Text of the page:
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This process also has low productivity but can make very sound welds between
galvanized components. Welding of thin-gauge galvanized steel can be done using direct
current and electrode negative, 3/32" diameter EWTh-2 tungsten that has been pencilsharpened with a 1/32" flat end, ER70S-2, ER70S-3 or ER70S-6 filler metal, argon
shielding gas at 20 to 30 CFH and the following parameters:
18 to 22
14 and 16
Thickness (in.)
Amps for grooves
0.028 to 0.047
0.059, 0.075
35 to 65
45 to 75
65 to 90
70 to 100
Amps for
40 to 60
65 to 90
95 to 105
110 to 130
Filler diameter
1/16 or 3/32
3/32 or 1.8
GTAW is the slowest and costliest of the welding processes, so it should be used only
where visual appearance is critical and grinding or sanding a weld made using another
process is not practical.
Restoring Galvanizing After Welding
When galvanized steel is welded, the welding arc burns the zinc off about 1/8 inch of the
tube on each side of the weld, leaving it and the weld metal without the corrosion
resistance provided by the galvanizing. If this weld is exposed to the elements, it will rust
-- even if it is painted or powder-coated -- without doing something to bring the weld zone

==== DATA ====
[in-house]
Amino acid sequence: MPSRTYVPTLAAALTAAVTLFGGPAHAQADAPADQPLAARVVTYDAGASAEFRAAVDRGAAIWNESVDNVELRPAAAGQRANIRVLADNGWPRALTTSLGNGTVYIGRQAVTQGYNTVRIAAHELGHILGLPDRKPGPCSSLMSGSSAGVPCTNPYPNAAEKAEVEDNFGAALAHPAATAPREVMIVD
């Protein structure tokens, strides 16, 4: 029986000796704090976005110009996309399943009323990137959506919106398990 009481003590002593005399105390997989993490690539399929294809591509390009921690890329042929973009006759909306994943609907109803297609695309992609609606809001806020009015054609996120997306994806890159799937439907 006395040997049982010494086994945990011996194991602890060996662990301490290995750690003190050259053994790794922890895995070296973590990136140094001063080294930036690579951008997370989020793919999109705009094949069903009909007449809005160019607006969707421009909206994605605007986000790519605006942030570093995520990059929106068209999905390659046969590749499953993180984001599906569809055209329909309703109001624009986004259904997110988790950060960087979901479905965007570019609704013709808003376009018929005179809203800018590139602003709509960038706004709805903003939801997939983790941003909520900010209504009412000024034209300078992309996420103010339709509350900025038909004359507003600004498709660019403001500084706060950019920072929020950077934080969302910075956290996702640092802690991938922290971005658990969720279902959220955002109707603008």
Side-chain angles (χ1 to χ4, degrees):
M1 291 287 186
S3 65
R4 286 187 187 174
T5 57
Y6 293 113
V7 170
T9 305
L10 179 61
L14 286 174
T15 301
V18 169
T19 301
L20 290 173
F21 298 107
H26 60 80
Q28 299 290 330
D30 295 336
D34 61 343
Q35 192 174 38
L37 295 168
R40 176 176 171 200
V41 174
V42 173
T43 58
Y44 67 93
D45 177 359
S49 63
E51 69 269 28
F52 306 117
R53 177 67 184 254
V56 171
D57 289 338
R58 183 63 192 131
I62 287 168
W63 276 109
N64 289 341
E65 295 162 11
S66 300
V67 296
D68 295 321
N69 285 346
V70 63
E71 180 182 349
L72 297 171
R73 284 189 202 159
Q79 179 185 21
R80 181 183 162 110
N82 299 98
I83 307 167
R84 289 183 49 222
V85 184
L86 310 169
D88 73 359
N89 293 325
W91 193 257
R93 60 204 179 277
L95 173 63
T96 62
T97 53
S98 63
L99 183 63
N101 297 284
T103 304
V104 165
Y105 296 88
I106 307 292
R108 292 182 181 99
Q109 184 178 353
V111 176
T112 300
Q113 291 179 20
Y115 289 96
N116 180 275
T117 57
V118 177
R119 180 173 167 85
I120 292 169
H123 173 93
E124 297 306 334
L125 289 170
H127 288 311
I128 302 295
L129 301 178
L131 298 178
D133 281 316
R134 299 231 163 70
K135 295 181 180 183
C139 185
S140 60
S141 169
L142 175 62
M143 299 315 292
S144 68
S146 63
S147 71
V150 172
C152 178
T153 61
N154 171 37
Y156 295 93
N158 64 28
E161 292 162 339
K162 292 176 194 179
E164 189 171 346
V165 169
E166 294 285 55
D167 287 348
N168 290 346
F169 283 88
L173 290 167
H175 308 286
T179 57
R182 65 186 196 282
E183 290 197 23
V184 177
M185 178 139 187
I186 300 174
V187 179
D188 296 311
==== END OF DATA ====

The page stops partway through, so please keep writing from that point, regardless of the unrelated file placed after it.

up to the same corrosion resistance as the unwelded material.
The most common practice is to wipe the wire brush the weld surface vigorously with a
wire brush followed by wiping with a rag to remove any loose dust, then spraying the weld
with a high-zinc primer sold as “cold galvanizing compound.” The paint should contain
95% elemental zinc or more in the film after it has dried, and it should be applied so as to
cover the weld and ½ inch or more of the tube with a couple of light coats. Trade names
are: ZRC Cold Galvanizing Compound, ZRC Galvilite (Better color match to galvanized
surfaces away from the weld), others available at http://www.coldgalvanizing.com.
Rustoleum and other consumer “cold galvanizing” paints typically do not have enough
zinc content to be effective – read the label or the MSDS. Once the primer has dried
thoroughly, it can be painted or powder coated. If the primer does not dry thoroughly, the
top coat may blister.
A second option for those doing powder coating is to chemically clean the welds and
apply a high zinc powder primer, follow by the finish powder. Most powder suppliers can
provide specific recommendations.
Welding of Light-Weight In-Line Galvanized Tubular Steel
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A third option is for applications where maintaining the corrosion resistance of the weld
area is very important, and that would be to use thermal spraying. In thermal spraying,
zinc wire is melted in an oxy-fuel gas flame and blasted at high velocity against a
roughened surface. The surface is typically roughened by sand blasting before applying